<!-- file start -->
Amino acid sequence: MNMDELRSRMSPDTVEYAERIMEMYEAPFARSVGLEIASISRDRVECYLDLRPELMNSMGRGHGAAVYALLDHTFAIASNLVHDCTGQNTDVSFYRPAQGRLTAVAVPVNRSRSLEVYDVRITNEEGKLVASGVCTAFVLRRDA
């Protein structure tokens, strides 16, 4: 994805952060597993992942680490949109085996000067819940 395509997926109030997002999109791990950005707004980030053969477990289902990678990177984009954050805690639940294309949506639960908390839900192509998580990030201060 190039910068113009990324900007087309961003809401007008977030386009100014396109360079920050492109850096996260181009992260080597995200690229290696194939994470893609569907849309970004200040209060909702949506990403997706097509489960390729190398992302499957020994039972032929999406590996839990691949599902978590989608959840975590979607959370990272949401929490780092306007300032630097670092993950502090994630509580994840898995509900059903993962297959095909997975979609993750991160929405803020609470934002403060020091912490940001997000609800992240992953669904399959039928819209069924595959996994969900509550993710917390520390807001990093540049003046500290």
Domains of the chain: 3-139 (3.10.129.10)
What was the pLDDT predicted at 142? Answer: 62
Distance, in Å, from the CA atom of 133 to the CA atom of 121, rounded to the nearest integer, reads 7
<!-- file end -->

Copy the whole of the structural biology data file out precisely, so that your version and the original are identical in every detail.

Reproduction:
Amino acid sequence: MNMDELRSRMSPDTVEYAERIMEMYEAPFARSVGLEIASISRDRVECYLDLRPELMNSMGRGHGAAVYALLDHTFAIASNLVHDCTGQNTDVSFYRPAQGRLTAVAVPVNRSRSLEVYDVRITNEEGKLVASGVCTAFVLRRDA
């Protein structure tokens, strides 16, 4: 994805952060597993992942680490949109085996000067819940 395509997926109030997002999109791990950005707004980030053969477990289902990678990177984009954050805690639940294309949506639960908390839900192509998580990030201060 190039910068113009990324900007087309961003809401007008977030386009100014396109360079920050492109850096996260181009992260080597995200690229290696194939994470893609569907849309970004200040209060909702949506990403997706097509489960390729190398992302499957020994039972032929999406590996839990691949599902978590989608959840975590979607959370990272949401929490780092306007300032630097670092993950502090994630509580994840898995509900059903993962297959095909997975979609993750991160929405803020609470934002403060020091912490940001997000609800992240992953669904399959039928819209069924595959996994969900509550993710917390520390807001990093540049003046500290």
Domains of the chain: 3-139 (3.10.129.10)
What was the pLDDT predicted at 142? Answer: 62
Distance, in Å, from the CA atom of 133 to the CA atom of 121, rounded to the nearest integer, reads 7